The Fascinatingly Flexible Political Subtext of ‘The Hunger Games: Catching Fire’


Catching Fire, the second film adaptation of Suzanne Collins’ Hunger Games trilogy (a trilogy which, true to their current style, Hollywood is adapting into four films), arrives on screen with the confidence of a film that knows it’s going to gross a bajillion dollars. It is a brisk, exciting, well-acted entertainment, and those elements, in addition to the built-in audience of Collins’ voracious readers, are the most logical explanation for the franchise’s massive popularity. But in viewing the two films back-to-back this week, another theory seems worth mentioning as well: the series’ political subtext, which is present and potent, yet flexible enough to latch on to the ideology of your choice. The Hunger Games is “political” without actually having to stand for anything.

Here’s what I mean: fringe far-right Republicans can look at the world of Panem and see a dramatization of their most paranoid fantasy of Obama’s America, a dystopian police state where jack-booted thugs do the bidding of a corrupt president whose platform seems based on the carefully parsing of the word (and notion) of Hope. “It is the only thing stronger than fear,” he explains in the first film. “A little hope is effective. A lot of hope is dangerous. Hope is fine, as long as it’s contained.” By Catching Fire, he’s modified his stance: “Fear does not work when there is hope.” So such hope must be crushed, which is the main purpose of returning previous Victors to the arena for the “third quarter quell.”

The trilogy’s backstory of a quashed national uprising is clearly meant to echo the Civil War (the phrase “brother turned on brother” is even trotted out); the subsequent control of “the districts” by “the Capitol” would, by extension, mirror the post-Reconstruction South, which would make our protagonists, um, conquered Confederates. That’s an unsettling reading, but — if you’re looking for them — the films are full of little references to the kind of “states’ rights” arguments that are all too common in today’s political discourse (Snow: “Even the strongest cannot overcome the Capitol”). And, of course, the tributes are injected with the kind of tracking devices that crazy tinfoil hatters will assure you Nobama has already started injecting into our citizens!!1!

But wait. The Hunger Games can also be read as a searing indictment of income inequality, the ornately coiffed, conspicuously consuming, “let them eat cake” citizens of the Capitol as the very picture of the one percent. Hunger, as the title indicates, is rampant in the districts, but when Katniss and Peeta are taken to the Victor’s Ball, the partygoers gorge themselves, then consume a drink that makes them sick so they can eat more. A scene of peaceful protestors being roughed up with sticks (and bullets) by the stormtrooper police echoes police clashes with Occupiers. And the ultimate message (particularly in the outcome of the Games in the first film and book) is that it’s not every man (or woman) for himself; it’s that we must rely on others, that we’re all in this together, a collectivist mindset that plays like a sharp rebuke to today’s Randian GOP. If you want it to, that is.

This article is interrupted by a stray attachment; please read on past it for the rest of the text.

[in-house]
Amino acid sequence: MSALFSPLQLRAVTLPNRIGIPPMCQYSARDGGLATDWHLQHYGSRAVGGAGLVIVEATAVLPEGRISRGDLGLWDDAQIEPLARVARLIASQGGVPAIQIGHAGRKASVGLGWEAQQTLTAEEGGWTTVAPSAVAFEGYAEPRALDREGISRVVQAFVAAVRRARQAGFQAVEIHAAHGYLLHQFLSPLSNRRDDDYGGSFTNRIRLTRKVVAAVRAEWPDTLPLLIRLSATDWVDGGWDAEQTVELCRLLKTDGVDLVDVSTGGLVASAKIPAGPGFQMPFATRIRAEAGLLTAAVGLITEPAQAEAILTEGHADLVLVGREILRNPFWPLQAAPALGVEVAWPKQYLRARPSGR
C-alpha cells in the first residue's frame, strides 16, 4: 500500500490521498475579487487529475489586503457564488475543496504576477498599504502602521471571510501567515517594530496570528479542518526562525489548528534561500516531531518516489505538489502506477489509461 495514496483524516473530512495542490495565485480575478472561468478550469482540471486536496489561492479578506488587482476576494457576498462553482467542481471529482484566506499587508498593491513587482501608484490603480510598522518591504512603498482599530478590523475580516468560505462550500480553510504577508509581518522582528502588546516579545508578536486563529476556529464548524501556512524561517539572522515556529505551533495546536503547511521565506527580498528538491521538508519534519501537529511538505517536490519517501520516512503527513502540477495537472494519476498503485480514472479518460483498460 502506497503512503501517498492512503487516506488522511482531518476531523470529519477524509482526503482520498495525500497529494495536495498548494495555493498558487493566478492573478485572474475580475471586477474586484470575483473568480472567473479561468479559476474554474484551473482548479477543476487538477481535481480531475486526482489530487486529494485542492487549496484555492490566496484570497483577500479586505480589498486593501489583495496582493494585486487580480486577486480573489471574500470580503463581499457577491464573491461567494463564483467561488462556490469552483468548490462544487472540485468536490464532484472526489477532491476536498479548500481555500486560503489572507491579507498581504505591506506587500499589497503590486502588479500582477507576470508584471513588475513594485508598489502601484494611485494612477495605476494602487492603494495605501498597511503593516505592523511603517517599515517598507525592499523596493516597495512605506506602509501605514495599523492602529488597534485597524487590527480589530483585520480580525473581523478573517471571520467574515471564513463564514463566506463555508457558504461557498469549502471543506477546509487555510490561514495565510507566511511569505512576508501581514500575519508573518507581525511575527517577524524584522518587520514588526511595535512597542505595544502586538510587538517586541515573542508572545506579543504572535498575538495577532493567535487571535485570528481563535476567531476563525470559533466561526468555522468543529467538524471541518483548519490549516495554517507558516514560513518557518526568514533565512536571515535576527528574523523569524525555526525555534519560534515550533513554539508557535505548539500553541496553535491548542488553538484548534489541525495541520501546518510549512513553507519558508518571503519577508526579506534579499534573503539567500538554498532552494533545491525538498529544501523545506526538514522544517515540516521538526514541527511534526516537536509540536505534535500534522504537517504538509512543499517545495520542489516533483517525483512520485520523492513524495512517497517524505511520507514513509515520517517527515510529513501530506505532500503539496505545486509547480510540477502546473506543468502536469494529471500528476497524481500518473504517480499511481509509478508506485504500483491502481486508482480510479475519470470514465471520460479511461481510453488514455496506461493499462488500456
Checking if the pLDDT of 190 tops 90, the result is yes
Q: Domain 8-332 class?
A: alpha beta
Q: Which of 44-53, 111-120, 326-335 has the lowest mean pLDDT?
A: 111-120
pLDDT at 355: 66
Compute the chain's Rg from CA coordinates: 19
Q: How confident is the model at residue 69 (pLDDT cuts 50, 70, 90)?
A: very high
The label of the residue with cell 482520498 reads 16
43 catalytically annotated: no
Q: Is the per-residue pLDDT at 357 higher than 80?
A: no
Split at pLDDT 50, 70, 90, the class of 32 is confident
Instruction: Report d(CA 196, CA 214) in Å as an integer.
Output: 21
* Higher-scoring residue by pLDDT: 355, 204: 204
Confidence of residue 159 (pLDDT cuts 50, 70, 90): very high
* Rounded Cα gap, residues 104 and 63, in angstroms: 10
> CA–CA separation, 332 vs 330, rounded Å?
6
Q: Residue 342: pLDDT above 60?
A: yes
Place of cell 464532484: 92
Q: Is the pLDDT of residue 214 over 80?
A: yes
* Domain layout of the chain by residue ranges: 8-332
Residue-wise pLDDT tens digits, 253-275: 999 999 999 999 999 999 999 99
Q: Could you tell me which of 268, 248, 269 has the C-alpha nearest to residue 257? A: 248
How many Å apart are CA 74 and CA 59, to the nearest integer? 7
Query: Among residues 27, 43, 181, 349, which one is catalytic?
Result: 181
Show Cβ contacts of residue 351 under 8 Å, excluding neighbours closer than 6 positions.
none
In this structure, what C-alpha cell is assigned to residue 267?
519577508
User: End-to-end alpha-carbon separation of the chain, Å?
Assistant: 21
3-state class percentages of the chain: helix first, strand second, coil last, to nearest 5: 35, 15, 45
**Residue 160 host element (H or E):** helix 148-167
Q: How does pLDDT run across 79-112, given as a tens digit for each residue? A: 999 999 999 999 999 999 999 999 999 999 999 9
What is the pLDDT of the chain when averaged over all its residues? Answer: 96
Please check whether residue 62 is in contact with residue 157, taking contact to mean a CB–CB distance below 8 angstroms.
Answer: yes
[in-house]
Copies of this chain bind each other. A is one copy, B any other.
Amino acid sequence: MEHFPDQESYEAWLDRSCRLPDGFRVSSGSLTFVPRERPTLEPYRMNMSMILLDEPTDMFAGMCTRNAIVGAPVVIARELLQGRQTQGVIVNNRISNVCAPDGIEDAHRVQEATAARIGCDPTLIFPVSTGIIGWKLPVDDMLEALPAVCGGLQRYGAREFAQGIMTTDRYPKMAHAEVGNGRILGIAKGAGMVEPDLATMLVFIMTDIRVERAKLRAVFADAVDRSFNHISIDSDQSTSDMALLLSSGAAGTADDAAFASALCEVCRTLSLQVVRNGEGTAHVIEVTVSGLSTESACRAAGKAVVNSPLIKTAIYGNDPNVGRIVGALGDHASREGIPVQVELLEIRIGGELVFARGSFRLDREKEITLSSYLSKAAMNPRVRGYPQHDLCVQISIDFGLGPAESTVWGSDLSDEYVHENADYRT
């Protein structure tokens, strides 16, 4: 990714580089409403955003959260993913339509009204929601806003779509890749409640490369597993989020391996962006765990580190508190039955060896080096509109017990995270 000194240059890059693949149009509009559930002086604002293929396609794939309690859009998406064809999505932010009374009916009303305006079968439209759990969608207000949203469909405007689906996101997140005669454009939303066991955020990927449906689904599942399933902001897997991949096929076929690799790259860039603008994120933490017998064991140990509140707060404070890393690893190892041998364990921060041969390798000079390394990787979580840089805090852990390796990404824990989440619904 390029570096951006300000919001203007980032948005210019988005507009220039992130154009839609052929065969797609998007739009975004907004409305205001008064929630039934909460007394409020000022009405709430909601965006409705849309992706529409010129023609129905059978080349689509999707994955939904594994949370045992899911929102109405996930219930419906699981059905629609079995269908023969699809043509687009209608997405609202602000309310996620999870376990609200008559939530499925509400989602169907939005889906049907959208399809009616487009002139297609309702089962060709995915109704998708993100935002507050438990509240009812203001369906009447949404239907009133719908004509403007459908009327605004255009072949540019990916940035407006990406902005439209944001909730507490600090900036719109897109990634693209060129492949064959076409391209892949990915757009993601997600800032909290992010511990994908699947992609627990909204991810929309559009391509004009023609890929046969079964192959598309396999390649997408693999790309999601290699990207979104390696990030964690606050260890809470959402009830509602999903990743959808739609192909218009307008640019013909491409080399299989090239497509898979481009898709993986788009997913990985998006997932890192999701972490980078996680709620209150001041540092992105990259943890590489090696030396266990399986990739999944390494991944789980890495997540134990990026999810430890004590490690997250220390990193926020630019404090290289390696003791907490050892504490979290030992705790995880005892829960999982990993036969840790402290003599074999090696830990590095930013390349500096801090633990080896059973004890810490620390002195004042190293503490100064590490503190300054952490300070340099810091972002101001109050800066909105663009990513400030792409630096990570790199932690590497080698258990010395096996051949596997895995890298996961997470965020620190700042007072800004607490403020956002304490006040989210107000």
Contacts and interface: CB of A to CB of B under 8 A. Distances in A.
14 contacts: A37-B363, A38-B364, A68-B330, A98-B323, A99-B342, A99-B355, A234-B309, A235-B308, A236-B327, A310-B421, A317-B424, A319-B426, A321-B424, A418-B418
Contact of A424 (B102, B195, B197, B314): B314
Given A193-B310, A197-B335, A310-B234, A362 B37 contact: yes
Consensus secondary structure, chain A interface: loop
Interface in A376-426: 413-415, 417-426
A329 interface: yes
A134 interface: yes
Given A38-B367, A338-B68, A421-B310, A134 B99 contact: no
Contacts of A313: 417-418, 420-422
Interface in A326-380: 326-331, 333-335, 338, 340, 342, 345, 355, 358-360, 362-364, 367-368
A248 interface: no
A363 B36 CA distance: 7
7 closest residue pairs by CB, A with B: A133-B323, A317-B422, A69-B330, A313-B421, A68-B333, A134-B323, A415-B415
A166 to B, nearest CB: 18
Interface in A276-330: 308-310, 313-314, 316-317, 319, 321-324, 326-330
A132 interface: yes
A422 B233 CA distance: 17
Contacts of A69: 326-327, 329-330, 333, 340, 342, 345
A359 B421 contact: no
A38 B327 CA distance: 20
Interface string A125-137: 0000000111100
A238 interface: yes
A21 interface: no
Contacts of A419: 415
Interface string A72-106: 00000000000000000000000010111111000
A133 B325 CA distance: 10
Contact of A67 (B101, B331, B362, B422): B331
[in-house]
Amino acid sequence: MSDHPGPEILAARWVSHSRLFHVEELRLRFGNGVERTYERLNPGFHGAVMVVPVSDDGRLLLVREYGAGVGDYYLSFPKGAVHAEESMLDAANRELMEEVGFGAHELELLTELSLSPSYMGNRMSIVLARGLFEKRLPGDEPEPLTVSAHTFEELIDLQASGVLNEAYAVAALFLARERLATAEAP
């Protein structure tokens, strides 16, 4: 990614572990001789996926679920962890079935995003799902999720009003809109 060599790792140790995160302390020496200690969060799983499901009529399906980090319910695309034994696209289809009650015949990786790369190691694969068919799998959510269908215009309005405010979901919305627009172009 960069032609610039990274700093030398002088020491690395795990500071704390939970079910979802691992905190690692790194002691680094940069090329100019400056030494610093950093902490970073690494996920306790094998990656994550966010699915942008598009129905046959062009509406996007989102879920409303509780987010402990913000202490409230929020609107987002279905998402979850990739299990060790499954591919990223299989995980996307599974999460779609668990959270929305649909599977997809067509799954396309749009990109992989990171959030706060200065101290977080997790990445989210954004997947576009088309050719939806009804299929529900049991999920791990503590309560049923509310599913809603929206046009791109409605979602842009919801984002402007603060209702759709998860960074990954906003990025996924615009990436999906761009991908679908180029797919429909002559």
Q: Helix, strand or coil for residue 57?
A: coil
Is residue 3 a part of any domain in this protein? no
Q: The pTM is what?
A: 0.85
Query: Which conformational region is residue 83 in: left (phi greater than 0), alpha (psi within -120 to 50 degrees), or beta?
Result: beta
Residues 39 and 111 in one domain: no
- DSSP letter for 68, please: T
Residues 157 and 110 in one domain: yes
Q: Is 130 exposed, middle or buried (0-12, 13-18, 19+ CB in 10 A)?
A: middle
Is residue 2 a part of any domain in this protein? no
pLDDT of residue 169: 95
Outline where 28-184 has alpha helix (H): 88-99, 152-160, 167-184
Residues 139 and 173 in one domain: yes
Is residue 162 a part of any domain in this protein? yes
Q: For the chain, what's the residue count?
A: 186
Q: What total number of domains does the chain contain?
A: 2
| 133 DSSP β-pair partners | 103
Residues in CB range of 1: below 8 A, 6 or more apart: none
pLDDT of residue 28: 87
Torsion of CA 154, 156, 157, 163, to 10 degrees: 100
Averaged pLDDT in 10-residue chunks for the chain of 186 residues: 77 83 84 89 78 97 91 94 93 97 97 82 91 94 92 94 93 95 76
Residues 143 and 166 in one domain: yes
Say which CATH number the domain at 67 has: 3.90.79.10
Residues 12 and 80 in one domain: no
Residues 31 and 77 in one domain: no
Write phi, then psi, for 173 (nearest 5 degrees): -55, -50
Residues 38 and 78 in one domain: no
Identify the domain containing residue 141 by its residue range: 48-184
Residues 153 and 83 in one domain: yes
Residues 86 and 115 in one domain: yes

Of course, the two films thus far shouldn’t be considered in a vacuum, and it’s worth mentioning that the books ultimately take a stance that is less about a particular dogma than about a general distrust of authority in general and government in particular. But then again, both the right and the left would like to believe that they’ve got the monopoly on that stance as well; like 1984, the message is adaptable, based on who is in power and how well their actions are spun.

Part of the fun of the Hunger Games universe is how open it is to contextualization — back in 2010, for example, Laura Miller made a compelling case in The New Yorker that the trilogy isn’t a political allegory, but an adolescent one, reframing the battles of high school in their basest terms. Talking to the New York Times, Collins shrugged off that notion, insisting, “I don’t write about adolescence. I write about war. For adolescents.” But war is as much about politics as it is about gunfire and archery, and in her works, as well as the films that they spawn, Collins is all too willing to call up imagery pulled from nonfiction.

But being savvy show business types, the author and the filmmakers adapting her are careful to only utilize the keywords and broad ideas, without subscribing to any particular point of view — and thus alienating a portion of their audience. It’s similar to what Christopher Nolan did in his Dark Knight series: presenting an allegory for wireless wiretapping in The Dark Knight and having Lucius Fox mouth the right-to-privacy argument while still letting Batman use the technology (and get something done with it), trotting out Patriot Act criticism and twisted Occupy rhetoric in The Dark Knight Rises and letting us fight it out.

It’s a way to make our art seem current and plugged-in and provocative without taking any risks. Make no mistake, The Hunger Games: Catching Fire is vivid, visceral filmmaking, twisty and entertaining, with startlingly good turns by Jennifer Lawrence and Philip Seymour Hoffman. But it’s also a Rorschach test of a movie, in which any viewer can find (consciously or not) a connection to to their own political frame.